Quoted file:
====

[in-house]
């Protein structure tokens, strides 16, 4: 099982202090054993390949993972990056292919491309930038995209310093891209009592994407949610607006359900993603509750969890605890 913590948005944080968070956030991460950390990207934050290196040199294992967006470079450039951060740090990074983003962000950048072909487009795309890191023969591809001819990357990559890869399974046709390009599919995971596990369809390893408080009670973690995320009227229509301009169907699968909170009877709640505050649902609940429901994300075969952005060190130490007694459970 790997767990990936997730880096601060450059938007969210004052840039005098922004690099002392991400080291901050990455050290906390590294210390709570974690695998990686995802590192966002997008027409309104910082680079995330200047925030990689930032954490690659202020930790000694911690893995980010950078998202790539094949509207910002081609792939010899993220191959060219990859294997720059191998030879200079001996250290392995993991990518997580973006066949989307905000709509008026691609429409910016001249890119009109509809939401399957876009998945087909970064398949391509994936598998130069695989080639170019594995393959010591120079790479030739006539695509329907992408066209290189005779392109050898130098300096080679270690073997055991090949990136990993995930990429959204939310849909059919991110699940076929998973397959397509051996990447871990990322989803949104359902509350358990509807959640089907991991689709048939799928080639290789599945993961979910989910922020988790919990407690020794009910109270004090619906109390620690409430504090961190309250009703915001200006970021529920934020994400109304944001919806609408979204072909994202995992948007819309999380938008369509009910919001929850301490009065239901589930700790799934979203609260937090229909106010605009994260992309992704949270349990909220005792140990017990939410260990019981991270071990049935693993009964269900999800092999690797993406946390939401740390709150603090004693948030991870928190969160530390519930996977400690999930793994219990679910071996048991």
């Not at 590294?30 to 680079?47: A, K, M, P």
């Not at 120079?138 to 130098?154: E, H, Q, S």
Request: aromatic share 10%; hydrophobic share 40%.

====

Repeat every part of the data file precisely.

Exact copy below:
[in-house]
């Protein structure tokens, strides 16, 4: 099982202090054993390949993972990056292919491309930038995209310093891209009592994407949610607006359900993603509750969890605890 913590948005944080968070956030991460950390990207934050290196040199294992967006470079450039951060740090990074983003962000950048072909487009795309890191023969591809001819990357990559890869399974046709390009599919995971596990369809390893408080009670973690995320009227229509301009169907699968909170009877709640505050649902609940429901994300075969952005060190130490007694459970 790997767990990936997730880096601060450059938007969210004052840039005098922004690099002392991400080291901050990455050290906390590294210390709570974690695998990686995802590192966002997008027409309104910082680079995330200047925030990689930032954490690659202020930790000694911690893995980010950078998202790539094949509207910002081609792939010899993220191959060219990859294997720059191998030879200079001996250290392995993991990518997580973006066949989307905000709509008026691609429409910016001249890119009109509809939401399957876009998945087909970064398949391509994936598998130069695989080639170019594995393959010591120079790479030739006539695509329907992408066209290189005779392109050898130098300096080679270690073997055991090949990136990993995930990429959204939310849909059919991110699940076929998973397959397509051996990447871990990322989803949104359902509350358990509807959640089907991991689709048939799928080639290789599945993961979910989910922020988790919990407690020794009910109270004090619906109390620690409430504090961190309250009703915001200006970021529920934020994400109304944001919806609408979204072909994202995992948007819309999380938008369509009910919001929850301490009065239901589930700790799934979203609260937090229909106010605009994260992309992704949270349990909220005792140990017990939410260990019981991270071990049935693993009964269900999800092999690797993406946390939401740390709150603090004693948030991870928190969160530390519930996977400690999930793994219990679910071996048991």
């Not at 590294?30 to 680079?47: A, K, M, P």
């Not at 120079?138 to 130098?154: E, H, Q, S």
Request: aromatic share 10%; hydrophobic share 40%.